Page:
The Charlie Chaplin Shoe-Eating Scene That Landed Him In The Hospital

Born in London in 1889, Charlie Chaplin is remembered for his slapstick comedy and his awe-inspiring silent films (via Biography). At the age of 5, History reports, he made his stage debut when his mother, a singer, lost her voice in the midst of a performance. Chaplin was shoved on stage and finished the show. From there, his aspirations for stardom only grew. By 1907, PBS writes, Chaplin was touring the United States with a theater group. His work on a "Sherlock Holmes" production caught the attention of Mack Sennett, a film producer. Sennett gave Chaplin a studio contract and the rest, as they say, is history.

NPR states that in 1914 Chaplin debuted his iconic "Little Tramp" character in the film "Kid Auto Races at Venice." Known for being a likable and laughable personality who gets himself into odd situations, the character became a hit. Ultimately, it turned Chaplin into an international celebrity and a beloved figure. He subsequently made several renowned films, including "The Gold Rush" (per Biography). According to Sierra College, the film has been chosen as one of the American Film Institute's 100 greatest films ever made. Per the San Francisco Silent Film Festival, Chaplin himself stated that "This is the picture that I want to be remembered by."

The Gold Rush took 17 months to complete

Britannica explains that "The Gold Rush," released in 1925, centers on Chaplin's Little Tramp character as a gold miner. Set in the late 1800s, the lone prospector, as he's called, makes his way through Alaska while he encounters danger, starvation, and of course, love (per Smithsonian Magazine). According to the San Francisco Silent Film Festival, Chaplin was inspired to write the film when he saw photos of the Klondike Gold Rush at the home of fellow stars Mary Pickford and Douglas Fairbanks. Additionally, he was said to have been inspired by the Donner Party after reading a book about the incident.

Both of these moments in history led Chaplin to write a film that demonstrated the horrors that one sometimes endures on the road to success (per Sierra College). Nevertheless, he did it by using comedy and adding a happy ending. Filming "The Gold Rush," however, was grueling and expensive. Chaplin's love interest became pregnant and had to be replaced by another actress. Filming took place in rural Truckee, California, to provide authenticity.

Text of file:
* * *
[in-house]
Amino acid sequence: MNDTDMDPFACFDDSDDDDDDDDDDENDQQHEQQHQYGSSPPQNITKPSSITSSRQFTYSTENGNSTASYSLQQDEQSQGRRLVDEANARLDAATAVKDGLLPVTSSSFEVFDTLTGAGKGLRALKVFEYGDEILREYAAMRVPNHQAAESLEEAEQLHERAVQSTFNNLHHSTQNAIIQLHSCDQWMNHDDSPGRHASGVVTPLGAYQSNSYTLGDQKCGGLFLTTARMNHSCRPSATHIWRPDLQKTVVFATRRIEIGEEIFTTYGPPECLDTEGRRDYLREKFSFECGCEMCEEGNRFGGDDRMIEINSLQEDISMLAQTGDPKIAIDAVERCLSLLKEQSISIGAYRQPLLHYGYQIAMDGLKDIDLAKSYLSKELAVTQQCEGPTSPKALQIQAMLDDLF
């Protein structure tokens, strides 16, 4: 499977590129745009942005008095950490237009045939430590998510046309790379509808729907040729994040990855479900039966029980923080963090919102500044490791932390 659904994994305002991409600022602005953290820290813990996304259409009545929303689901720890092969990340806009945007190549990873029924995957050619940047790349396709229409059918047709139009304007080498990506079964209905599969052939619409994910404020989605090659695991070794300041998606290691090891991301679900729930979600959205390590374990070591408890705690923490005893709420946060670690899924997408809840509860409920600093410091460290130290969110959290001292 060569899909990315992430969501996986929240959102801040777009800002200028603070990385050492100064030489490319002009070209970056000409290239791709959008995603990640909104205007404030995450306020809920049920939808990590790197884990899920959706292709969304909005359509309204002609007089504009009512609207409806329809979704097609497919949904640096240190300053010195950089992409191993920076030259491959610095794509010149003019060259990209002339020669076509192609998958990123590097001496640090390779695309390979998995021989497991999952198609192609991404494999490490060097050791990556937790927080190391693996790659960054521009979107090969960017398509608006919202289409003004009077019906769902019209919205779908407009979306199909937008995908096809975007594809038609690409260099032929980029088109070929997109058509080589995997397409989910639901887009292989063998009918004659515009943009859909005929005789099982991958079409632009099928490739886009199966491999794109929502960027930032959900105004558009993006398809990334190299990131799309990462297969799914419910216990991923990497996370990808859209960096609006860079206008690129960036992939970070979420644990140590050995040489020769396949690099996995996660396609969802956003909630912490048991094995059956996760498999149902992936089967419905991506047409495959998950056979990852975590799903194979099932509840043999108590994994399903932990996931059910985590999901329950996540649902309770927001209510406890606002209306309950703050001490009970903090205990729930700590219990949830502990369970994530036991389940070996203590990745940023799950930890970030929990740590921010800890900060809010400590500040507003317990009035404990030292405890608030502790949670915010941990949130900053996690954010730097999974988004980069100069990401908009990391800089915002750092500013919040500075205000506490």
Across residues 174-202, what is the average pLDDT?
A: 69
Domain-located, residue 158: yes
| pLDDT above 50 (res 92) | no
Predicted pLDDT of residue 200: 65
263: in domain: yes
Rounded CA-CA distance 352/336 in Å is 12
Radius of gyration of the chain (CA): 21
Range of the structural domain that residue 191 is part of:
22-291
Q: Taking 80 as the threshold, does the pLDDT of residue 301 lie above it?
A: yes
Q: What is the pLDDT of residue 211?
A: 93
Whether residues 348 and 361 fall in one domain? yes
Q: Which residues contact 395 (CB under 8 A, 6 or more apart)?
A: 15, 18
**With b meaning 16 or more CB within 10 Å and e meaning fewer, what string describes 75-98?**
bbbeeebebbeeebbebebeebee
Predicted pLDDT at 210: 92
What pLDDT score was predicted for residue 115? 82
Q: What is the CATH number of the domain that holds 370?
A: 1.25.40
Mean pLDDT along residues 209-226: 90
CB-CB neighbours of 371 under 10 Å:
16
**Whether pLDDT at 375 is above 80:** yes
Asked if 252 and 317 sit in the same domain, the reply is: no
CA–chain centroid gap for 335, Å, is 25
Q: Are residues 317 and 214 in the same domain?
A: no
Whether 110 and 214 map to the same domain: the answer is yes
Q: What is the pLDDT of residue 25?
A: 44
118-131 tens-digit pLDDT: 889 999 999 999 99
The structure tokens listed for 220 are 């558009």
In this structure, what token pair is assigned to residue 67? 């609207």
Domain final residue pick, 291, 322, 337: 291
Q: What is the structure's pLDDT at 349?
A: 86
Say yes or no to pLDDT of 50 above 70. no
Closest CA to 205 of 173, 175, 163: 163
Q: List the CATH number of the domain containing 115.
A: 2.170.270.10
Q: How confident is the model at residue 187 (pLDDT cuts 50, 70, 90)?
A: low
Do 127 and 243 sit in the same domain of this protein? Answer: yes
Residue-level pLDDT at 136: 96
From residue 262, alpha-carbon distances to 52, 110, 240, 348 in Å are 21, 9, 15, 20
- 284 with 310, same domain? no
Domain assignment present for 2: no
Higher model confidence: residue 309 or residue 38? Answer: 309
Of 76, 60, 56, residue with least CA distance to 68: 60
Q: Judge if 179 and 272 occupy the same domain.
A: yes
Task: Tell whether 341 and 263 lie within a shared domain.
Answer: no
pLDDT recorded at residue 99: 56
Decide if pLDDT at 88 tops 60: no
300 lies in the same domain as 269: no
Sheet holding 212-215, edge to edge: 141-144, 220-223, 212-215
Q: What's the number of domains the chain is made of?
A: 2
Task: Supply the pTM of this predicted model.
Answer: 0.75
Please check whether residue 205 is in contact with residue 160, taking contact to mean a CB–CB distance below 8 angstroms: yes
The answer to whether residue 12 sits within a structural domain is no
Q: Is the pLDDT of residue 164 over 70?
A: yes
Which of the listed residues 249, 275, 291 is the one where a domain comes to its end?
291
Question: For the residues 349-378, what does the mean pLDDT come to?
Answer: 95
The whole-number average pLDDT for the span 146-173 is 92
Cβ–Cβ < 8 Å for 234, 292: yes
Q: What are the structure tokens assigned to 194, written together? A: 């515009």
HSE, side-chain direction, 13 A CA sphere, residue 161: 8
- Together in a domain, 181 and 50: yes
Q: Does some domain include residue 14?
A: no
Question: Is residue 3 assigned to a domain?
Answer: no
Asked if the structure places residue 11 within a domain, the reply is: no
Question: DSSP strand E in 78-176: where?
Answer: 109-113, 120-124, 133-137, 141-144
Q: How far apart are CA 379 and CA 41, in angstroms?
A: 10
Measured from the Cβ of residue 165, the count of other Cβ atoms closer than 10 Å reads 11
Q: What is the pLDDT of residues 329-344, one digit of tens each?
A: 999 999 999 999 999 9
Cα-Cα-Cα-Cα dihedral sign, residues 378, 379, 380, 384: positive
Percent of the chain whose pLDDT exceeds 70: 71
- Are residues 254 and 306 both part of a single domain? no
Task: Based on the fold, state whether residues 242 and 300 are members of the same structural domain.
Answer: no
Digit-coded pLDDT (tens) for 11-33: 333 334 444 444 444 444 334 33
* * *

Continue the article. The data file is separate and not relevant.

In a time when films were finished in one month, The Donner Summit Historical Society writes that "The Gold Rush" took a year and a half to complete. All in all, it cost nearly $1 million and was considered to be one the most expensive films made in the silent-film era (via Smithsonian Magazine).

The shoe was made of licorice

According to Biography, Chaplin was known to be a demanding perfectionist. Attention to detail, per PBS, was incredibly important to the actor and filmmaker. "The Gold Rush" displays just how dedicated Chaplin was to his craft. According to Smithsonian Magazine, he hired 600 extras to film a scene that involved climbing a mountain pass.There's also the iconic shoe-eating scene. In the film, the lone prospector decides to eat a boiled shoe (via The Criterion Collection). He shares the shoe with Big Jim McKay, played by Mack Swain (seen above).

The Donner Summit Historical Society explains that the prop was made of licorice by an English company. To get the scene just as he wanted, Chaplin did 63 takes in three days. This resulted in him being hospitalized for insulin shock. Chaplin was also forced to get his stomach pumped. Moreover, biographer David Robinson stated that both Chaplin and Swain suffered "inconvenient laxative effects" (via Mental Floss).

Besides this unfortunate incident, Sierra College reports that several crew members and actors became sick with the flu in the frigid mountain weather. Nevertheless, the hard work paid off. "The Gold Rush" premiered at the Egyptian Theater in Hollywood in June 1925. It was both a critical and financial success.